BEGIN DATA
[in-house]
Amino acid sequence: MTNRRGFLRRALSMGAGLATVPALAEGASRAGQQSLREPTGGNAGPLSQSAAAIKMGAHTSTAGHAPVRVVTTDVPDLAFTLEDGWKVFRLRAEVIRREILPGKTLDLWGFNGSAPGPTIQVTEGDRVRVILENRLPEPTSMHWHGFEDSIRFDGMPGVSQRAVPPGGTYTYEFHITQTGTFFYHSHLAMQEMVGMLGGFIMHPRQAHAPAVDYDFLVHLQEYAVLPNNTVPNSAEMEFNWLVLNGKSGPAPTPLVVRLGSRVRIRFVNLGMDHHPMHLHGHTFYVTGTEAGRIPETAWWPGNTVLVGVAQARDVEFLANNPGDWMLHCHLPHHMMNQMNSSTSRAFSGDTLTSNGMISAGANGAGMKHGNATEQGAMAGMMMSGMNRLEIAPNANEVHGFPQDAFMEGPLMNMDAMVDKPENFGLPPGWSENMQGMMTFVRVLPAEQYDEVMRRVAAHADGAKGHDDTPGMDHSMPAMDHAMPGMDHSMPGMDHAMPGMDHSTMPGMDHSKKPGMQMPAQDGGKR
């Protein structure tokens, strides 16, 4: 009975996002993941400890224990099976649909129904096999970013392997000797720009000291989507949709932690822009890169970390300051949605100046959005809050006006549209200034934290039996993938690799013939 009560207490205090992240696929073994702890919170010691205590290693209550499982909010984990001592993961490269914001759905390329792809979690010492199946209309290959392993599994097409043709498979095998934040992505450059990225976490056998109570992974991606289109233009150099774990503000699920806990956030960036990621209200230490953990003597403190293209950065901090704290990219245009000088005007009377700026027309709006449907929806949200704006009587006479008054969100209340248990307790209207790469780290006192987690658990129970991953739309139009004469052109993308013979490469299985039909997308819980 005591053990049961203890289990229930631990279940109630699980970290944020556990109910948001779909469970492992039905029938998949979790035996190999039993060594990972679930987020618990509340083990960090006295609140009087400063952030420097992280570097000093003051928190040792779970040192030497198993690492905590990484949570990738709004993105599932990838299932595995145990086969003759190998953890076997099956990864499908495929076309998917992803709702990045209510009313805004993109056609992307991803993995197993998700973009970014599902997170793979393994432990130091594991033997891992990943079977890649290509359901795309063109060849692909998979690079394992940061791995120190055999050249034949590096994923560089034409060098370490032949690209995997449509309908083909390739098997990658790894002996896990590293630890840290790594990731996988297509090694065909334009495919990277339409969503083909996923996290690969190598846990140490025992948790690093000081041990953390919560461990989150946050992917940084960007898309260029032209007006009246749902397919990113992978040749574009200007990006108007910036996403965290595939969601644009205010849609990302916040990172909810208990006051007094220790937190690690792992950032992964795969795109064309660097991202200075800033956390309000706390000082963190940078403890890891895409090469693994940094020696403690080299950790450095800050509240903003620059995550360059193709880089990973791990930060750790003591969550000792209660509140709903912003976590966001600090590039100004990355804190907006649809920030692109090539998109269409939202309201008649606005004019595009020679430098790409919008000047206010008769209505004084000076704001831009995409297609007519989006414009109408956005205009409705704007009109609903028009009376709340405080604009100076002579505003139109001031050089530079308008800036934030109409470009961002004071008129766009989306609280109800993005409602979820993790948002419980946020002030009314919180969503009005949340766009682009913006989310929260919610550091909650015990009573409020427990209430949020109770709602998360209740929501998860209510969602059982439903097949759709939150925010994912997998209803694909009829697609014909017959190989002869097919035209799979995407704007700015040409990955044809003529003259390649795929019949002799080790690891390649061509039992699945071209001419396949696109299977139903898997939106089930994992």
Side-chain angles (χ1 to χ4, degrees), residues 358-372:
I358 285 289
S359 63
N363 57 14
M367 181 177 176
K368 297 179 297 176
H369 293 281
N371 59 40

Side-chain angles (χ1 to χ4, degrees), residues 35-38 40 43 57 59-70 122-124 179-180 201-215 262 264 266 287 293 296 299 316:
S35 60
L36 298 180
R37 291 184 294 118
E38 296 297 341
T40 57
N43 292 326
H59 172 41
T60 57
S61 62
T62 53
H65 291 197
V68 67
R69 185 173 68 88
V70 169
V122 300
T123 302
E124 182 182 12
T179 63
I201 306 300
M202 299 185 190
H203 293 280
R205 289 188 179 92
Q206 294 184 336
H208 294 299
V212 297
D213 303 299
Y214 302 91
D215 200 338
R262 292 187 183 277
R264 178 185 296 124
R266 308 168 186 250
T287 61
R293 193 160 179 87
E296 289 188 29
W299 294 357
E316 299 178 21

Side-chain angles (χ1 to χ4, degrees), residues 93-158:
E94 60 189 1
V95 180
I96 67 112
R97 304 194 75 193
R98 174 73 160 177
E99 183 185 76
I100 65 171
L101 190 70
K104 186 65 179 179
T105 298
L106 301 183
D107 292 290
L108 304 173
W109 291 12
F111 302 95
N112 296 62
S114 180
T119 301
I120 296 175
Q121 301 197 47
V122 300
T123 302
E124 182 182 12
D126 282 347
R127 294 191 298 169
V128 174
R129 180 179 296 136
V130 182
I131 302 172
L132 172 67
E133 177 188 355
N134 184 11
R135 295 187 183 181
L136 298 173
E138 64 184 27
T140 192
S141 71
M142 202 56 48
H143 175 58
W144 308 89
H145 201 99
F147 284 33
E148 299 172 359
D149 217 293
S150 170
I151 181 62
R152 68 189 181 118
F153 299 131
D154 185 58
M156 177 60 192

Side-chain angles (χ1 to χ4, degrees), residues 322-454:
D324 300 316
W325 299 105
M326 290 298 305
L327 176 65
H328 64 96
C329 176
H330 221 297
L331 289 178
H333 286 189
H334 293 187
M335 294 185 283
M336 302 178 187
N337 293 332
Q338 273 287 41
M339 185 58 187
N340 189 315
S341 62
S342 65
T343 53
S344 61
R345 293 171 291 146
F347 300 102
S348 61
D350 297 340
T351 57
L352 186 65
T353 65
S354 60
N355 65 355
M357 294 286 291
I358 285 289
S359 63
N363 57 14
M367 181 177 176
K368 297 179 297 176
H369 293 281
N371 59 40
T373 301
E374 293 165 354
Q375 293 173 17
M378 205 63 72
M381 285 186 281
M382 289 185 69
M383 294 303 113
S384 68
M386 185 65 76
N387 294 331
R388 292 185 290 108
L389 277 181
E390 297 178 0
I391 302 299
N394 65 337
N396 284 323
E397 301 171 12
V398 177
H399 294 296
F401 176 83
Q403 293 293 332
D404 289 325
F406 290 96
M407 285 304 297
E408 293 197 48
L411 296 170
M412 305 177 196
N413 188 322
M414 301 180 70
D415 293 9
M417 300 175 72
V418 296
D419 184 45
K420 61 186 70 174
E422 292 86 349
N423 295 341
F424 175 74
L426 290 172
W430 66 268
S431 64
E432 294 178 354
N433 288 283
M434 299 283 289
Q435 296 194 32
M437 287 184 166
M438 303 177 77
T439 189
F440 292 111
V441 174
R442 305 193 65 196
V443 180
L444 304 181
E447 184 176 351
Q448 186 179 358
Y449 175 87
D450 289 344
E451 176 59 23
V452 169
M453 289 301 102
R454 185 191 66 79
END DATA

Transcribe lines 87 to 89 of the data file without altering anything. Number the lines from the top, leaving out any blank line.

M142 202 56 48
H143 175 58
W144 308 89